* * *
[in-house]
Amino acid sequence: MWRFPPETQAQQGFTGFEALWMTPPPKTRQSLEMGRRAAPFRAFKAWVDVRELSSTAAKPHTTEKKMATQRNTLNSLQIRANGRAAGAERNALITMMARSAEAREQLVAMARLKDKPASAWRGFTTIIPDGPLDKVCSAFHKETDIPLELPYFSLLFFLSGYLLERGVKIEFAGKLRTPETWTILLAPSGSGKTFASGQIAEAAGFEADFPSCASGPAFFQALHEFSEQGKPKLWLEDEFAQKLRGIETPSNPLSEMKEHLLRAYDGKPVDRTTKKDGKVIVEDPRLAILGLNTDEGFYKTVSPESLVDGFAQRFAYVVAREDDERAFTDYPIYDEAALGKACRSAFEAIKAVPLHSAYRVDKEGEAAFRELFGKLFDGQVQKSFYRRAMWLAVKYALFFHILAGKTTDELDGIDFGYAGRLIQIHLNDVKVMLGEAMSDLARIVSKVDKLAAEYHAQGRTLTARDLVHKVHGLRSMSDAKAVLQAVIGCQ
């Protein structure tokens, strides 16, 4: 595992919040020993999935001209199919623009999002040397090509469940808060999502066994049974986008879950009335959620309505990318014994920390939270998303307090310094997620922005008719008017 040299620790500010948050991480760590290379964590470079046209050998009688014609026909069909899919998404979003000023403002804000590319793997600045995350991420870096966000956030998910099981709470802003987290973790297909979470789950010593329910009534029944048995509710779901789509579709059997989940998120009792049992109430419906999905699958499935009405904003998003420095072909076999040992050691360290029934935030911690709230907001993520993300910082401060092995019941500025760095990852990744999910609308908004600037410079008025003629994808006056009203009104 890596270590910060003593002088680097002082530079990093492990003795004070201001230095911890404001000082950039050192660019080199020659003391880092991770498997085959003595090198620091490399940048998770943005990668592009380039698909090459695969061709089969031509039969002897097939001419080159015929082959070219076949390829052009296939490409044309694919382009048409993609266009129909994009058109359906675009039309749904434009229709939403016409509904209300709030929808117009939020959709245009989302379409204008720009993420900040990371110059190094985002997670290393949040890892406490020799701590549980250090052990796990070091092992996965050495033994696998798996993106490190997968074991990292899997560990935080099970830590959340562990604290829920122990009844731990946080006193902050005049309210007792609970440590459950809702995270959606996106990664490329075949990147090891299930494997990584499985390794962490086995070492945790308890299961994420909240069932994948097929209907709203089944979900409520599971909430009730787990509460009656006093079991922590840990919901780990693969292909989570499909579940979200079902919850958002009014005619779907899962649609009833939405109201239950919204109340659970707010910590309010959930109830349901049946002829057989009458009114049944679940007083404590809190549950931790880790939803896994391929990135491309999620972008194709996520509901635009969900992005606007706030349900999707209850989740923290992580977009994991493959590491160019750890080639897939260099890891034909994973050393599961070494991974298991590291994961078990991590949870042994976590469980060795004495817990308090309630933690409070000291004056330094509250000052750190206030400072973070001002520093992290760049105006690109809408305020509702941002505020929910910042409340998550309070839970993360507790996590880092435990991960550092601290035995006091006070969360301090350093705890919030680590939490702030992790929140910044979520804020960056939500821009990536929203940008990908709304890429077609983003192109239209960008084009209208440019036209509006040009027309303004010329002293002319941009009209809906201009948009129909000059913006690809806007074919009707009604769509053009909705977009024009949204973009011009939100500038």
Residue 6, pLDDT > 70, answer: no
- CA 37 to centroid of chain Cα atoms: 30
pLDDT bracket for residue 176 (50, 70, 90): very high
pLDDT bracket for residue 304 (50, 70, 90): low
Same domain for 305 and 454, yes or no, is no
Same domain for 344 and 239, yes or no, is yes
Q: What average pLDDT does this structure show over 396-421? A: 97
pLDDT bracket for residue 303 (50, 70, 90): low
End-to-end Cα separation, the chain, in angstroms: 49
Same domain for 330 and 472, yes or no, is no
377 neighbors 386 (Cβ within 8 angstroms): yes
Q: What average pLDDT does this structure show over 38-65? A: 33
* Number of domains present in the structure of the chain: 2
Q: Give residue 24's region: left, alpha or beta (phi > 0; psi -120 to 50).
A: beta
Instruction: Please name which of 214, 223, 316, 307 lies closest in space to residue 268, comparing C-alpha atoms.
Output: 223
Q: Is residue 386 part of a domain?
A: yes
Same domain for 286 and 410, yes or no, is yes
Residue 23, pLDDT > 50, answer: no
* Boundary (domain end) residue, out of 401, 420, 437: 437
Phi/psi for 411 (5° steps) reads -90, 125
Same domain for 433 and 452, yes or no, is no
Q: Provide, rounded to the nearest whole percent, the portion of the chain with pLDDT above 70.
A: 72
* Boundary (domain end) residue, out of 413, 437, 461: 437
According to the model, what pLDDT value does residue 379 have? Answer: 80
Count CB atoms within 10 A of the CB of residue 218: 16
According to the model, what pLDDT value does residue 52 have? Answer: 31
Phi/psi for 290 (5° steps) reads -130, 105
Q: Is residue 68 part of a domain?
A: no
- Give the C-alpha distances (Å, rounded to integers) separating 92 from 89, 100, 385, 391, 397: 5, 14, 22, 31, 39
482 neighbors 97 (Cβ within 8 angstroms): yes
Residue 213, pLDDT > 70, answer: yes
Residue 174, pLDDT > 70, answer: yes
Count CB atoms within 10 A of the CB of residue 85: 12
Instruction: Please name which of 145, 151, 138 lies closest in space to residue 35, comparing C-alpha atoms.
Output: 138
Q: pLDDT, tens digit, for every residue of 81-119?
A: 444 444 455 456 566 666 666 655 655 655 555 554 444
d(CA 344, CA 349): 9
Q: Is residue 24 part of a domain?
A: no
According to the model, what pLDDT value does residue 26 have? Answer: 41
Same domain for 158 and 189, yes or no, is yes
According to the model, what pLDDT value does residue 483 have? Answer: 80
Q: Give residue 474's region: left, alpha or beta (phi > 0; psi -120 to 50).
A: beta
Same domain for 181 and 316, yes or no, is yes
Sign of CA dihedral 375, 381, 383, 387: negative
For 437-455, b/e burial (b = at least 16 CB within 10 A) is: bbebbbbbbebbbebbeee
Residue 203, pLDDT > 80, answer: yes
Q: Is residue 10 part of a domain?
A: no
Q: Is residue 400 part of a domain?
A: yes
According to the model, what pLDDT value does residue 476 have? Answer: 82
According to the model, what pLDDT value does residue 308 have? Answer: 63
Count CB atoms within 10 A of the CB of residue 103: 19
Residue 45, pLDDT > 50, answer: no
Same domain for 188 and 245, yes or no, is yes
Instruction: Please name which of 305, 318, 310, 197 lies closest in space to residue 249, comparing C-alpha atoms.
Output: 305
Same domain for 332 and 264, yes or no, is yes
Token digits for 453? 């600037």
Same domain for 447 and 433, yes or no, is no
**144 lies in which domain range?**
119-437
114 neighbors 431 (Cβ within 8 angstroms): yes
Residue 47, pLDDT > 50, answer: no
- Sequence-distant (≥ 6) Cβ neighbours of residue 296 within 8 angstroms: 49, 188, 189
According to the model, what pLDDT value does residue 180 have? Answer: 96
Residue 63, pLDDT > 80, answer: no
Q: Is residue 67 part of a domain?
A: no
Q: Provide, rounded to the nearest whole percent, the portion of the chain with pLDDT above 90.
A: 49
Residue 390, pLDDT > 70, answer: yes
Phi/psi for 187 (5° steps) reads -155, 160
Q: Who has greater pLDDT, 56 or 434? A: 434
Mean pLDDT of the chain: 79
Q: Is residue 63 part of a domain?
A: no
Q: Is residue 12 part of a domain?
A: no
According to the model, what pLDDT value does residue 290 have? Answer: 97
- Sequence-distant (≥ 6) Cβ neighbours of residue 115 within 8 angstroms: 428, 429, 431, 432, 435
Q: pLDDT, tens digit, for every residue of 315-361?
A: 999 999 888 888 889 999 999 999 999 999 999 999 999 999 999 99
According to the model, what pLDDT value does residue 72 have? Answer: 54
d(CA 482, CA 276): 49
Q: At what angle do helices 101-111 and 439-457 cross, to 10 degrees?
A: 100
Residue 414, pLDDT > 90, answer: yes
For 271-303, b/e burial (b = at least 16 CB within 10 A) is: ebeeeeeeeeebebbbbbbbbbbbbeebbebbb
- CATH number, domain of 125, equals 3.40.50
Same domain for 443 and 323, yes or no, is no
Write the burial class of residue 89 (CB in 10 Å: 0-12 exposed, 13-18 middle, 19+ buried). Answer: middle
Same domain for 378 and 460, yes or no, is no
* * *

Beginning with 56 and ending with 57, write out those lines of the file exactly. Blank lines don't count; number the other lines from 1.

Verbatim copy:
For 437-455, b/e burial (b = at least 16 CB within 10 A) is: bbebbbbbbebbbebbeee
Residue 203, pLDDT > 80, answer: yes